CitedHuscroft v P and O Ferries Ltd CA 21-Dec-2010
Second appeal against order requiring sum for security for costs to be paid into court and in default for the claim to be struck out.
Held: The Court considered its jurisdiction to make an order for security for costs under rule 3.1 and, . .
CitedDeutsche Bank Ag and Others v Unitech Global Ltd and Others CA 3-Mar-2016
Second interlocutory appeal in the battle between Deutsche Bank and other creditors who have brought two actions in the Commercial Court to recover amounts due under loan or swap agreements which used LIBOR as a reference rate in the calculation of . .

These lists may be incomplete.
Updated: 11 February 2021; Ref: scu.577936

Michael Wilson and Partners Ltd v Emmott: ComC 6 Nov 2008

Challenge to jurisdiction of arbitration proceedings.
Teare J
[2008] EWHC 2684 (Comm)
Bailii
England and Wales
Citing:
See AlsoEmmott v Michael Wilson and Partners Ltd CA 12-Mar-2008
The court considered the implication of the obligation of confidentiality in banking contracts or in arbitration agreements. It is ‘really a rule of substantive law masquerading as an implied term’. . .

Cited by:
See AlsoEmmott v Michael Wilson and Partners Ltd ComC 12-Jan-2009
The claimant, a party to an arbitration, sought first an order requiring the defendant to comply with an order made by the arbitrator for the transfer of certain shares, and second an asset freezing order.
Held: The conditions for a peremptory . .
See AlsoMichael Wilson and Partners Ltd v Emmott ComC 8-Jun-2011
The claimant challenged an arbitration award made concerning the agreement under which the defendant had been admitted to partnership. MWP contended that the Tribunal were guilty of a large number of serious irregularities in their conduct of the . .
See AlsoMichael Wilson and Partners Ltd v Sinclair and Others ComC 21-Sep-2012
The claimant company alleged that the defendants had variously received assests (shares and cash) acquired by a former partner in the claimant company and held on his behalf, in breach of his obligations to the caimant partnership. The defendants . .
See AlsoMichael Wilson and Partners Ltd v Sinclair and Others CA 16-Jan-2013
Application to stay order for costs. . .
See AlsoMichael Wilson and Partners Ltd v Sinclair and Others CA 23-Jul-2015
. .
See AlsoMichael Wilson and Partners Ltd v Emmott CA 14-Oct-2015
Appeal against a finding that payments made by the appellant were made in the ordinary course of business and not in breach of a freezing injunction. . .
See AlsoMichael Wilson and Partners Ltd v Emmott CA 11-Dec-2015
The court considered a residual jurisdiction to set aside an arbitrator’s award after a first appeal. . .
See AlsoEmmott v Michael Wilson and Partners ComC 24-Nov-2016
Application for an anti-suit injunction against the defendant to restrain it from taking any further steps in ongoing proceedings in New South Wales and from commencing or pursuing any other substantive claims against the claimant on the ground that . .
See AlsoMichael Wilson and Partners Ltd v Sinclair and Another CA 13-Jan-2017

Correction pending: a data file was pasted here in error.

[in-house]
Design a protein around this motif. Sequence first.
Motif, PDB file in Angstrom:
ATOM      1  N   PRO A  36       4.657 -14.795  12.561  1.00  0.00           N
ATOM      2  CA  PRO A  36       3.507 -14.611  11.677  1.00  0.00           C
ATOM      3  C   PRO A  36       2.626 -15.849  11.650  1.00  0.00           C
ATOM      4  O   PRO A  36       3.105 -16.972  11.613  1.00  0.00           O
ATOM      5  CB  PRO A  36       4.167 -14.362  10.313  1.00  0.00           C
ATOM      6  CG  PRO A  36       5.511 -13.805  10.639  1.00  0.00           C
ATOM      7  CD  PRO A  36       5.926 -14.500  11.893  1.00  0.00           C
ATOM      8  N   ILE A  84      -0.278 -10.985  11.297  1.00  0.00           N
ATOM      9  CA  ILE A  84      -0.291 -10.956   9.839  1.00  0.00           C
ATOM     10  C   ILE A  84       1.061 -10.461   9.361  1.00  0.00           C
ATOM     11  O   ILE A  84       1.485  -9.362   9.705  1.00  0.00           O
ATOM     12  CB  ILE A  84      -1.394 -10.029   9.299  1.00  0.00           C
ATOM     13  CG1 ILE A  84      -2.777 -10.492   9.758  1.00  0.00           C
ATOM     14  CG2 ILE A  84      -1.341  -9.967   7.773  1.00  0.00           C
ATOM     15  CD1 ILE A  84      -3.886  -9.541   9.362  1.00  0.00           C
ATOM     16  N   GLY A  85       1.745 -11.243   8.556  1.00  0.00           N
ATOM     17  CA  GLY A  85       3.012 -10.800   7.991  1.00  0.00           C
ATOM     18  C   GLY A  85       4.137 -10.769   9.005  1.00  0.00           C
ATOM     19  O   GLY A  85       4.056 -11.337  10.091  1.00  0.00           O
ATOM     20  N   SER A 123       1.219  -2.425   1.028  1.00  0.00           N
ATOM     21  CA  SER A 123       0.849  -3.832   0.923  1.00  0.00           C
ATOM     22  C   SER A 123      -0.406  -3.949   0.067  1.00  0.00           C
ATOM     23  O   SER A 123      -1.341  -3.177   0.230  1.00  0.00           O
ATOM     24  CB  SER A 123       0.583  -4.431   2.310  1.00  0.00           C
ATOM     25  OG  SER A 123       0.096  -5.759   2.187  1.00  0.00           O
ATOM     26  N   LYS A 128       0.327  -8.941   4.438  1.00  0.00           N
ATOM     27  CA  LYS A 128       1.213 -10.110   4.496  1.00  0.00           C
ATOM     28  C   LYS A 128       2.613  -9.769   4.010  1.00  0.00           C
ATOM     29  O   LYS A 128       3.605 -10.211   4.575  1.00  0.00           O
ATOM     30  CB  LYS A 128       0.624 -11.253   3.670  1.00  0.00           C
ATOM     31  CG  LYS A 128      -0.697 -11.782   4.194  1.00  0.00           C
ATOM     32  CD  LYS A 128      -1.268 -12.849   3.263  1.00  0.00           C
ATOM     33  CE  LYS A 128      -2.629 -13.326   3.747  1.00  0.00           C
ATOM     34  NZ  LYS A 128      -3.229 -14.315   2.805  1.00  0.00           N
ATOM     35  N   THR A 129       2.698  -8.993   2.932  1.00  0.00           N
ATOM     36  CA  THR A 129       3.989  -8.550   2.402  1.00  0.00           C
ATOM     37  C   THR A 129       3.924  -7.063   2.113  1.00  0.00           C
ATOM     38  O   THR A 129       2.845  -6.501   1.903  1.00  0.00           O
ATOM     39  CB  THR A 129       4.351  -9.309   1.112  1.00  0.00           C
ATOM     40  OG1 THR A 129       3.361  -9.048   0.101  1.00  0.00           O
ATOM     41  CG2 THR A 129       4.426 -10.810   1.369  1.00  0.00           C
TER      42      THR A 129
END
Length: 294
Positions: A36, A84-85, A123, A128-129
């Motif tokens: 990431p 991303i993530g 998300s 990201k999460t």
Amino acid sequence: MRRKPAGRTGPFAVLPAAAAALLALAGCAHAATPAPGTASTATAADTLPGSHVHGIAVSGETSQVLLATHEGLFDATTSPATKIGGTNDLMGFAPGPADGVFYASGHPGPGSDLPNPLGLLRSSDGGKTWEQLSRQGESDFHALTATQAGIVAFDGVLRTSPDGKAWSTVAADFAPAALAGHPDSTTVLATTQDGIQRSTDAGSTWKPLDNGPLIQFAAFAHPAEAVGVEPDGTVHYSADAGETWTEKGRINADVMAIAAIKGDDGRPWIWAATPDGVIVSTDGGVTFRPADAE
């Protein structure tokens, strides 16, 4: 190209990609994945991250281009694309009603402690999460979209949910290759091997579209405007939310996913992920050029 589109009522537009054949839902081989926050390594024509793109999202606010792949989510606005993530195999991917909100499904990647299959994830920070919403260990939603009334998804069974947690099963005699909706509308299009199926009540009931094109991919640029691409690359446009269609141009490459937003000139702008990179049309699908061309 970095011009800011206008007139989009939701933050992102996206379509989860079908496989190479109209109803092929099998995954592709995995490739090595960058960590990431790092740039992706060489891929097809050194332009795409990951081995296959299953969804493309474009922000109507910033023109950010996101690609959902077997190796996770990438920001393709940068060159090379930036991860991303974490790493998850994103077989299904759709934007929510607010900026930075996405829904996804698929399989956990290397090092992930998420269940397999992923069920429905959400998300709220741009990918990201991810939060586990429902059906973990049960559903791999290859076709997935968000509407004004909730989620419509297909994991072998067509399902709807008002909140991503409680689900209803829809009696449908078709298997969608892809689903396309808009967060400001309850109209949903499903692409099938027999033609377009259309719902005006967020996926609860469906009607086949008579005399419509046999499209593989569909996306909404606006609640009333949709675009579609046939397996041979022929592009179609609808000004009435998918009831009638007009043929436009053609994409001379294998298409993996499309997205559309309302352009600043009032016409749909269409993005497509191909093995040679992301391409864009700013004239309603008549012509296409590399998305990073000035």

The appellant company sought to recover assets which, it said, had been acquired by a former partner in breach of his obligations under the partnership agreement, but which had been taken in the names of some of the respondents. There had been an . .

These lists may be incomplete.
Updated: 11 February 2021; Ref: scu.277570

Youell and others v La Reunion Aerienne and others: ComC 22 Oct 2008

[2008] EWHC 2493 (Comm)
Bailii
England and Wales
Cited by:
Appeal fromYouell and others v La Reunion Aerienne and others CA 11-Mar-2009
The parties disputed whether the court had jurisdiction. The defendant insurer argued that parallel issues had been referred to arbitration in France.
Held: the claim was outside the range of the arbitration agreement, and a stay, which would . .

These lists may be incomplete.
Updated: 11 February 2021; Ref: scu.277340

Gater Assets Ltd v Nak Naftogaz Ukrainiy: CA 17 Oct 2007

The defendant resisted enforcement of a Moscow arbitration award saying it had been obtained by fraud, and sought security for costs.
The Court addressed the issue of security for the future costs of a challenge under section 103(3), which raises very different considerations to an issue of security for the past award itself. Rix LJ noted that the Convention might be regarded as a ‘complete code’, precluding the making of a decision under section 103(2) or (3) conditional upon the provision of security for costs. In relation to the provision of security for the award itself, he said: ‘Field J, however, was prepared to refuse enforcement, on the ground of failure to provide the security for costs ordered. That was the order that Field J made, setting aside the enforcement order if the security was not provided, and doing so on a ground not expressly within the Convention. There is no express basis in the New York Convention for that condition. Enforcement may be refused ‘only if’ one of the exceptions within article V is made good. Security is discussed in the Convention, but only security for the award itself and only in the context of an adjournment of enforcement proceedings pending an application to set aside or suspend the award to the competent authority of the country in which, or under the law of which, that award was made: article VI, reproduced in section 103(5) of the 1996 Act. That is not just an example of a circumstance in which such security might be ordered, but is the only circumstance in which it might be: see the decision of this court in Dardana Ltd v Yukos Oil Co [2002] All ER (Comm) 819, para 27.’
Buxton LJ, Rix LJ, Moses LJ